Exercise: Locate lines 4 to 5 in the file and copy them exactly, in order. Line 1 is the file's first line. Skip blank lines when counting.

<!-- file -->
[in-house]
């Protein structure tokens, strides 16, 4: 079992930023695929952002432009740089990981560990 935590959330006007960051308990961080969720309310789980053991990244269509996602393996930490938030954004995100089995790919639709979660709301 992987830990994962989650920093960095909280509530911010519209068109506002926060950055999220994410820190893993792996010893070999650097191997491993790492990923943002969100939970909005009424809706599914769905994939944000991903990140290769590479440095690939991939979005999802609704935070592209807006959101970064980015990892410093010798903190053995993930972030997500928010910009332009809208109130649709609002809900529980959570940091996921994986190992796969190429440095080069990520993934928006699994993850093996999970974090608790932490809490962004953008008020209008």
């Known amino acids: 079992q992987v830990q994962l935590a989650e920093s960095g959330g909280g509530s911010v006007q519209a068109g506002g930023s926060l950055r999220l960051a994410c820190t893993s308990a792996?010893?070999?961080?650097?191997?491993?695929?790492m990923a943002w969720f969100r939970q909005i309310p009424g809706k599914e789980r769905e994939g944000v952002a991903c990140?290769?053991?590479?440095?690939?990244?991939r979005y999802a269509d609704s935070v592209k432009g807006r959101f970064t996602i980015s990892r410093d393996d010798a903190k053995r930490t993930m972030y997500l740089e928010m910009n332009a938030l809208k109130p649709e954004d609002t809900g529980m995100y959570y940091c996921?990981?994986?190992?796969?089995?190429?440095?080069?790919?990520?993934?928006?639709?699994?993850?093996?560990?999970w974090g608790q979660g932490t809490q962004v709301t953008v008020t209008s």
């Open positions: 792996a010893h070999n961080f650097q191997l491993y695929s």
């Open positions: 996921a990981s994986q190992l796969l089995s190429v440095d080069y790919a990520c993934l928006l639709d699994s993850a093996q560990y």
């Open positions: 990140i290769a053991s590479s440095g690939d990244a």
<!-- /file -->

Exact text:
């Open positions: 792996a010893h070999n961080f650097q191997l491993y695929s």
């Open positions: 996921a990981s994986q190992l796969l089995s190429v440095d080069y790919a990520c993934l928006l639709d699994s993850a093996q560990y």